Rick and Georgianne Jackofsky of Rocky Point haven't owned a TV for about 20 years. But it's part of their family's story – a family that plays music together and tours as the Homegrown String Band.
Years ago, when Rick Jackofsky owned a photography lab, he'd come home and want to spend quality time with his family without relying on TV for entertainment.
"So instead I read books out loud and we played music and we played board games," Georgianne Jackofsky said. "That was the way we entertained ourselves. That’s how we got so close and stayed together all these years."
Together with daughters Erica and Annalee, now 27 and 24, Rick and Georgianne started the Homegrown String Band, which has played anywhere from 30 to 60 shows a year since 1997. On Sunday, May 20, the band will play a free show at in Setauket at 1:30 p.m.
Their music consists of both original and traditional songs in a style they call acoustic American roots music.
"A lot of people don’t know what ‘traditional’ is," Georgianne said. "It’s what would have been considered country music before there were any labels in the genre."
Erica plays the fiddle and does some singing and percussive flat foot dancing. Annalee plays the mandolin and jaw harp, sings, and dances. Georgianne plays the banjo/ukulele, mountain dulcimer, and doumbek, and dancing, and Rick sings and plays the guitar, banjo, and harmonica. The family has toured all over the country, playing concerts and festivals.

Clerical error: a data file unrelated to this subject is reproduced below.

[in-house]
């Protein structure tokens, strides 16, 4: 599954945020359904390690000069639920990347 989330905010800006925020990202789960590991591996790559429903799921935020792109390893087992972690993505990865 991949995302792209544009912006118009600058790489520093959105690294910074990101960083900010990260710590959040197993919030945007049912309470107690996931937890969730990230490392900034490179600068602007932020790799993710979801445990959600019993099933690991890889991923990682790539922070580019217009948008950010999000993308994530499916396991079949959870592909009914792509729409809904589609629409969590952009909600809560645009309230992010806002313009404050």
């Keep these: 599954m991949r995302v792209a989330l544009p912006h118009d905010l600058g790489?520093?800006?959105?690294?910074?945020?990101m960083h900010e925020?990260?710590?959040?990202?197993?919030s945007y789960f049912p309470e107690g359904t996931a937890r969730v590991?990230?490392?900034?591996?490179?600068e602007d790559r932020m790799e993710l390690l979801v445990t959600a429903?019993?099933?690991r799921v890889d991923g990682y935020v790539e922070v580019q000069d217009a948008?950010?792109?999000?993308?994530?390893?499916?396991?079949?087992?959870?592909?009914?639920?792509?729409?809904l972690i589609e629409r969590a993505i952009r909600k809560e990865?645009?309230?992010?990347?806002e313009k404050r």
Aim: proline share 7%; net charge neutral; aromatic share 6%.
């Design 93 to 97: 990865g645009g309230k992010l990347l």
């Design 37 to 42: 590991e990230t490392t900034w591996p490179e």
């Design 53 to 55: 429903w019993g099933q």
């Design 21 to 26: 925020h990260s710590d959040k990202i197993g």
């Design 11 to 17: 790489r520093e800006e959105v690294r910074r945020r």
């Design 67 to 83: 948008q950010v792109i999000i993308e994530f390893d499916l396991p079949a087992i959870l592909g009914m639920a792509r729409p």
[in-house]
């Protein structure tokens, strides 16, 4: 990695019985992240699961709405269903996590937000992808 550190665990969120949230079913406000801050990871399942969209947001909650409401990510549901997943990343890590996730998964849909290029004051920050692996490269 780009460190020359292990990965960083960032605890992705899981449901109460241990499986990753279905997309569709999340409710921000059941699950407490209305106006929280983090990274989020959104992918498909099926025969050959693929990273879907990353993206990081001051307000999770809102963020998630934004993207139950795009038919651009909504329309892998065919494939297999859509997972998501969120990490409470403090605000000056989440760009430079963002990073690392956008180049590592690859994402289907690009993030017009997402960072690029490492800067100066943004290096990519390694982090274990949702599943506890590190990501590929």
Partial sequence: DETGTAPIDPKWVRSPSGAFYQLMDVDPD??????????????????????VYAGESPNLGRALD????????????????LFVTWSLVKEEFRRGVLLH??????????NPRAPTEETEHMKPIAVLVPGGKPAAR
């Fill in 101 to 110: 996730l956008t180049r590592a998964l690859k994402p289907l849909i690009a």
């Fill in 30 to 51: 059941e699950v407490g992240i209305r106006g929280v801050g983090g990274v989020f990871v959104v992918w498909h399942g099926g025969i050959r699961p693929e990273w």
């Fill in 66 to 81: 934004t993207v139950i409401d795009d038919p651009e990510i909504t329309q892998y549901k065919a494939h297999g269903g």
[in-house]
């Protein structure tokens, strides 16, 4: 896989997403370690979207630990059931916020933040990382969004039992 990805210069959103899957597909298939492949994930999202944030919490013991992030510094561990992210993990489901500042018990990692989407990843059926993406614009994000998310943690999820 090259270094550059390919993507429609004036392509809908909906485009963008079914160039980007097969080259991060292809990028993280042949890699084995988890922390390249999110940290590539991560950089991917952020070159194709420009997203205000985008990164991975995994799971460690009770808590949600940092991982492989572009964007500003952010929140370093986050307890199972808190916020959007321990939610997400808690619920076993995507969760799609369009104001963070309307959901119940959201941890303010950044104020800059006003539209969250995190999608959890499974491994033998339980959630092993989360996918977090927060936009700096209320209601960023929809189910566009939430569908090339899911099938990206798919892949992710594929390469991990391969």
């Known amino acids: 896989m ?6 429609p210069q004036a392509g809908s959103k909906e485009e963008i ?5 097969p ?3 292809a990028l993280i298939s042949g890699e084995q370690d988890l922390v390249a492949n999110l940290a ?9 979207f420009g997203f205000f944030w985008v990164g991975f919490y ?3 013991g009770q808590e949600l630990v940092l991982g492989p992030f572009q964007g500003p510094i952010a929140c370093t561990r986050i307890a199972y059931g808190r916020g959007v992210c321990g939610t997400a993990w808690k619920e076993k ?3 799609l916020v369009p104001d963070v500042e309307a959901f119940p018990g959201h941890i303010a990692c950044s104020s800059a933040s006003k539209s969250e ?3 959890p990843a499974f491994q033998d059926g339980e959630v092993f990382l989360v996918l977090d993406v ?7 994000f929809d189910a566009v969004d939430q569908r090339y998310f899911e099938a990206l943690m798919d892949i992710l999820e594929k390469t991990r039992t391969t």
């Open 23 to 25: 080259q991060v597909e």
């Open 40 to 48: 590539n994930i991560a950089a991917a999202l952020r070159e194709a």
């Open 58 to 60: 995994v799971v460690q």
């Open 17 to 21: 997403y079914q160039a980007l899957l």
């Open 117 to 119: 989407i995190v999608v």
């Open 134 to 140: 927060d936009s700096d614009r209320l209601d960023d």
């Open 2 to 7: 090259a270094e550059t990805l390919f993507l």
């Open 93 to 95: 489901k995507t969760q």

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It's fair to say the family is an especially creative one: Erica designs knit patterns and sells her own line of yarn via her website, fiddleknits.com. Georgianne studied art in college and works in desktop publishing; she also makes copper jewelry and blogs about slow cooking and solar cooking. Annalee makes handmade soaps when she's not working at North Shore Public Library. Rick studied music at Berkeley College in Boston, later opened up his own photography studio, and has recently begun making spindles, casting pewter buttons, and coppersmithing.
The band has drawn praise across the music industry. "Whether you classify their sound as Americana, bluegrass, folk, or old-time country, Rick Jackofsky, his wife Georgianne, and their daughters Erica and Annalee are not only dedicated to keeping a classic tradition alive, they're advancing it," writes Bill Dahl, author of Motown: The Golden Years.
The family got its start when Rick began teaching Erica traditional songs to play on her violin when she was in the fourth grade. Rick and Annalee wrote a song for a "show and tell" event at her school. And Rick bought Georgianne a dulcimer as a gift.
"Next thing you know it was all of us playing together," she said.
Now, isn't that just the kind of story you'd watch on TV?